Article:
java makes it easy to define and work with multiple threads of execution within a program. java.lang.Thread is the fundamental thread class in the Java API. There are two ways to define a thread. One is to subclass Thread, override the run() method, and then instantiate your Thread subclass. The other is to define a class that implements the Runnable method (i.e., define a run() method) and then pass an instance of this Runnable object to the Thread() constructor. In either case, the result is a Thread object, where the run() method is the body of the thread. When you call the start() method of the Thread object, the interpreter creates a new thread to execute the run() method. This new thread continues to run until the run() method exits, at which point it ceases to exist. Meanwhile, the original thread continues running itself, starting with the statement following the start() method. The following code demonstrates:

final List list;  
// Some long unsorted list of objects; initialized elsewhere
 /** A Thread class for sorting a List in the background 
 */ class BackgroundSorter extends Thread {  List l;   public
  BackgroundSorter(List l) { this.l = l; }    
  // Constructor   public void run() { Collections.sort(l); }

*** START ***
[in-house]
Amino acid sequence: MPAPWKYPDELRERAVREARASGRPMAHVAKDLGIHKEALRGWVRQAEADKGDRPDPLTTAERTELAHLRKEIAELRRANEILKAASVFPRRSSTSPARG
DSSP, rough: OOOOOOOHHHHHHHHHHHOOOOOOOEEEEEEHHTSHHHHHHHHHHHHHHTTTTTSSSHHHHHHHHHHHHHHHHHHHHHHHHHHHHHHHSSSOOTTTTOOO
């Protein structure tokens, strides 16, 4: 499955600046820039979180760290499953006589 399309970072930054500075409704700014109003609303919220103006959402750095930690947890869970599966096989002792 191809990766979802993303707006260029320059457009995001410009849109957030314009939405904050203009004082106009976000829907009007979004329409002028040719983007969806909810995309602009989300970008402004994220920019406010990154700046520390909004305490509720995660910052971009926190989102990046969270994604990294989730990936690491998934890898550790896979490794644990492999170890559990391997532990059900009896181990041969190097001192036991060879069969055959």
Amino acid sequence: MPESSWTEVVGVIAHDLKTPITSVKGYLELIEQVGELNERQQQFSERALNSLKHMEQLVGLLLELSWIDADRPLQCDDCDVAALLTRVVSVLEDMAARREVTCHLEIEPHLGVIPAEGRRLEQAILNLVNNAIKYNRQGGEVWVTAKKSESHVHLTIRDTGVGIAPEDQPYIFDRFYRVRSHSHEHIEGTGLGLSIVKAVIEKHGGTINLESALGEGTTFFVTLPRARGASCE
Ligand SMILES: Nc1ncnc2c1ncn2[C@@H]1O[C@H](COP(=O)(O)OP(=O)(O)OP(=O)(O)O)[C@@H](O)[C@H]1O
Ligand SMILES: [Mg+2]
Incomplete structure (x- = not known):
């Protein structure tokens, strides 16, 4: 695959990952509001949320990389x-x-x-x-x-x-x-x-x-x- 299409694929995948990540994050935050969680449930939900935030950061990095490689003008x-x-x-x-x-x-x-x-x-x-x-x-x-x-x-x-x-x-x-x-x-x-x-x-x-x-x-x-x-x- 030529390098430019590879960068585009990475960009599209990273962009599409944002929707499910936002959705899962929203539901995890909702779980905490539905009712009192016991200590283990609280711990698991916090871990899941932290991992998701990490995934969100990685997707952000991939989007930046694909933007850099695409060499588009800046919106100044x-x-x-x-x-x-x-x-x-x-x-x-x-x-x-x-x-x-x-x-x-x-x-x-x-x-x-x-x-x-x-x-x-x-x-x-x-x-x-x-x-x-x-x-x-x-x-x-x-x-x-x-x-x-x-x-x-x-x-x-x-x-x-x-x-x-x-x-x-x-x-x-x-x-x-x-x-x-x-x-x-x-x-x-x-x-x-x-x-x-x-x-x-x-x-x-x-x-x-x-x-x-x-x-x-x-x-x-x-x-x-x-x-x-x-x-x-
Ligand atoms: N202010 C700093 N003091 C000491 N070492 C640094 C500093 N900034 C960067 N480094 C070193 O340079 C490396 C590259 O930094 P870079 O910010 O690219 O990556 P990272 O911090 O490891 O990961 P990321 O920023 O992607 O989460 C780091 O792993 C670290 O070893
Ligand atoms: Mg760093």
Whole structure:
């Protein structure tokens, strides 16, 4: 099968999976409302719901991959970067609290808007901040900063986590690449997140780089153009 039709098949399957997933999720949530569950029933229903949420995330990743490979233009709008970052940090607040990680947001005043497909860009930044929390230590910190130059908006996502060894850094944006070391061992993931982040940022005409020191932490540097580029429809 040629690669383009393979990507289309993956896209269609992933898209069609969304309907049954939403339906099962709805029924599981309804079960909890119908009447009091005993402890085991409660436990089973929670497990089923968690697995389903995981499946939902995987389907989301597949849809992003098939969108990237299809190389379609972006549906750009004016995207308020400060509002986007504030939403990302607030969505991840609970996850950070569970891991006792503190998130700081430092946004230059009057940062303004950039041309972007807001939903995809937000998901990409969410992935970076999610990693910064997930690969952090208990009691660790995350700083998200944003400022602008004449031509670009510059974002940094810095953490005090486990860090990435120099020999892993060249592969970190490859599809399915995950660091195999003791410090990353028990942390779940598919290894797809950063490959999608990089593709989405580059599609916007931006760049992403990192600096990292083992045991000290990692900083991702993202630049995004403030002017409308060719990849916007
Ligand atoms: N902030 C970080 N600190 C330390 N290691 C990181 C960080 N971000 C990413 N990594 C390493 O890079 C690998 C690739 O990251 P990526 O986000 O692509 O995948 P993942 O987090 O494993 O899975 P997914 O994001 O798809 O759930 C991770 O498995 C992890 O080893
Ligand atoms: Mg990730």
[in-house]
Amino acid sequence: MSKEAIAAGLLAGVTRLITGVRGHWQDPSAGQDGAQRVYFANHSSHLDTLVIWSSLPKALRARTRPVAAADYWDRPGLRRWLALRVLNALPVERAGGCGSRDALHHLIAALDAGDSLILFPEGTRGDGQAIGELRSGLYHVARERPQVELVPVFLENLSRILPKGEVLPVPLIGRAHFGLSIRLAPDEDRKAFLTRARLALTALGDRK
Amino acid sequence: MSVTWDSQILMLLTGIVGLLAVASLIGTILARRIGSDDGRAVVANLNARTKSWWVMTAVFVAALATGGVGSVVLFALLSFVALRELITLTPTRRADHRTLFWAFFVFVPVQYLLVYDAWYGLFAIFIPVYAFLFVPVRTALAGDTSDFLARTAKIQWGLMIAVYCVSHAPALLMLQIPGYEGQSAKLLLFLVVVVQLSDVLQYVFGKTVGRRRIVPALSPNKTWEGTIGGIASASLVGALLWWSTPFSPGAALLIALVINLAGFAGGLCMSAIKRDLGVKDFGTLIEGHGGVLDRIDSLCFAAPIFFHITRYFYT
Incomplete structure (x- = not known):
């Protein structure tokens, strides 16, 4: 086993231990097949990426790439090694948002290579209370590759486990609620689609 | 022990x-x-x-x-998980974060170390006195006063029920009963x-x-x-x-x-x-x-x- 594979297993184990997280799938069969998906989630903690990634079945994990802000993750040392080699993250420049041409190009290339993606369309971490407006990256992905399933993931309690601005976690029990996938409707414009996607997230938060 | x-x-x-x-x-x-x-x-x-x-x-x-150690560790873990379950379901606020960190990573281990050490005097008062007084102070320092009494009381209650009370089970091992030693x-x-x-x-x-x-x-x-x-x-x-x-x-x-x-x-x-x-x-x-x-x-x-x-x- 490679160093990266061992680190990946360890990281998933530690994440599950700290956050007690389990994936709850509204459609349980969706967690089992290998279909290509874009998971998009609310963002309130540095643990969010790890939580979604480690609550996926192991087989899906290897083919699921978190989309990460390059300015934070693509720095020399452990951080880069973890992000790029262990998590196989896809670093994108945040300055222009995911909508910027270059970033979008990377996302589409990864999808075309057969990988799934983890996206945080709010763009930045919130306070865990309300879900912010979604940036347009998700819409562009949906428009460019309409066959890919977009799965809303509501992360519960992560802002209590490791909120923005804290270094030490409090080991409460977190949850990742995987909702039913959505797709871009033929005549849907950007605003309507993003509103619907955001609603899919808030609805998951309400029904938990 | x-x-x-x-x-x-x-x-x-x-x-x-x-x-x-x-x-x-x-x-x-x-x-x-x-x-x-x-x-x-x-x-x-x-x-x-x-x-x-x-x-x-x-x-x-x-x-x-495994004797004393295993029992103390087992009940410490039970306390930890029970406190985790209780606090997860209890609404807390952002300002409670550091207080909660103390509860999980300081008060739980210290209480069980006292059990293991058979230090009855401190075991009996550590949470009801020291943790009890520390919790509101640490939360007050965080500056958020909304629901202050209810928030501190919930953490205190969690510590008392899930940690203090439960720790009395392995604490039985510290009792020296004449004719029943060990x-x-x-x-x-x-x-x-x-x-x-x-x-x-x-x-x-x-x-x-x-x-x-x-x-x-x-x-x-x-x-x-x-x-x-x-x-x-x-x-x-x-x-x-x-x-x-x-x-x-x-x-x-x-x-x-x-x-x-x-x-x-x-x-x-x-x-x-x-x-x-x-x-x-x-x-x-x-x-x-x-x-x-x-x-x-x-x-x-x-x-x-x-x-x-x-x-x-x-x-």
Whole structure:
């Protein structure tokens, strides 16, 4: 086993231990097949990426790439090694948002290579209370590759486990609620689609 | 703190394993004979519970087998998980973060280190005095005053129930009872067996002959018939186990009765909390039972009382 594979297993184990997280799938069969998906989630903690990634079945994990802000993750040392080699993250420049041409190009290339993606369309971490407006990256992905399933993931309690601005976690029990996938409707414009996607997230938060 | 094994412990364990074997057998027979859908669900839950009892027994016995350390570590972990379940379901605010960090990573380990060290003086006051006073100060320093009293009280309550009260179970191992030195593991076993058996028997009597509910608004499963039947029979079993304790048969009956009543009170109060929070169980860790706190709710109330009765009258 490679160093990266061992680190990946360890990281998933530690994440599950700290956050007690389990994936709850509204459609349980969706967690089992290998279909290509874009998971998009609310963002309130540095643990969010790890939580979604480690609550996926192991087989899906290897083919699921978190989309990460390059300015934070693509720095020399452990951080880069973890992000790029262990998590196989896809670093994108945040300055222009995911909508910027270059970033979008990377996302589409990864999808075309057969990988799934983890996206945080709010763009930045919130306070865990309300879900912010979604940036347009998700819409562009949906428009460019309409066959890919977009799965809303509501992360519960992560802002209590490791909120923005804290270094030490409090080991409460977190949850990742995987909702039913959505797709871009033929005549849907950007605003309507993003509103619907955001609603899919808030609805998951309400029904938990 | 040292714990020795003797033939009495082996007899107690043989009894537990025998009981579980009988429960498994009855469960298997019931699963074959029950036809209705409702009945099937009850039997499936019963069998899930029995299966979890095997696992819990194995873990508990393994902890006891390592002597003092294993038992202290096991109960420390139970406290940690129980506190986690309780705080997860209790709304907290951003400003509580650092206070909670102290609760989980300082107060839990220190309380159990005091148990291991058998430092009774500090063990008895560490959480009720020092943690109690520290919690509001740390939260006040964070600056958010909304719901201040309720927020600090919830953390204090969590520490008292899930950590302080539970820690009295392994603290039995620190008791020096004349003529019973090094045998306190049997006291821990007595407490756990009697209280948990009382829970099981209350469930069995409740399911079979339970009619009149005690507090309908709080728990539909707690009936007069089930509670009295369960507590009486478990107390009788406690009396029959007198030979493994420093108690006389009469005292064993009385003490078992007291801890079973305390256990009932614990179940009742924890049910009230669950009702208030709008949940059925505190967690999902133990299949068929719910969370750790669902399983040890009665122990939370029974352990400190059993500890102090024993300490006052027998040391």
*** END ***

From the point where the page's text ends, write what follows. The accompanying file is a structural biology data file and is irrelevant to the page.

// Thread body} 
  // Create a BackgroundSorter thread Thread sorter = new
   // Start it running; the new thread runs the run() method above, while
    // the original thread continues with whatever statement comes next.
	 // Here's another way to define a similar thread Thread t = new Thread(new Runnable() {         
 // Create a new thread   public void run() { Collections.sort(list); }
  // to sort the list of objects. });t.start();  
                                      // Start it running

Threads can run at different priority levels. A thread at a given priority level does not run unless there are no higher-priority threads waiting to run. Here is some code you can use when working with thread priorities:

// Set a thread t to lower-than-normal priority
// Set a thread to lower priority than the current thread
 t.setPriority(Thread.currentThread().getPriority() - 1);
  // Threads that don't pause for I/O should explicitly yield the CPU 
  // to give other threads with the same priority a chance to run. 
  Thread t = new Thread(new Runnable() {  public void run() {

Often, threads are used to perform some kind of repetitive task at a fixed interval. This is particularly true when doing graphical programming that involves animation or similar effects:

public class Clock extends Thread {   java.text.DateFormat f =      
// How to format the time for this locale   boolean keepRunning = true; 
 public Clock() {        
  // The constructor   public void run() {      
  // The body of the thread  
   public void pleaseStop() { keepRunning = false; }}

Notice the pleaseStop() method in the previous example. You can forcefully terminate a thread by calling its stop() method, but this method has been deprecated because a thread that is forcefully stopped can leave objects it is manipulating in an inconsistent state. If you need a thread that can be stopped, you should define a method such as pleaseStop() that stops the thread in a controlled way.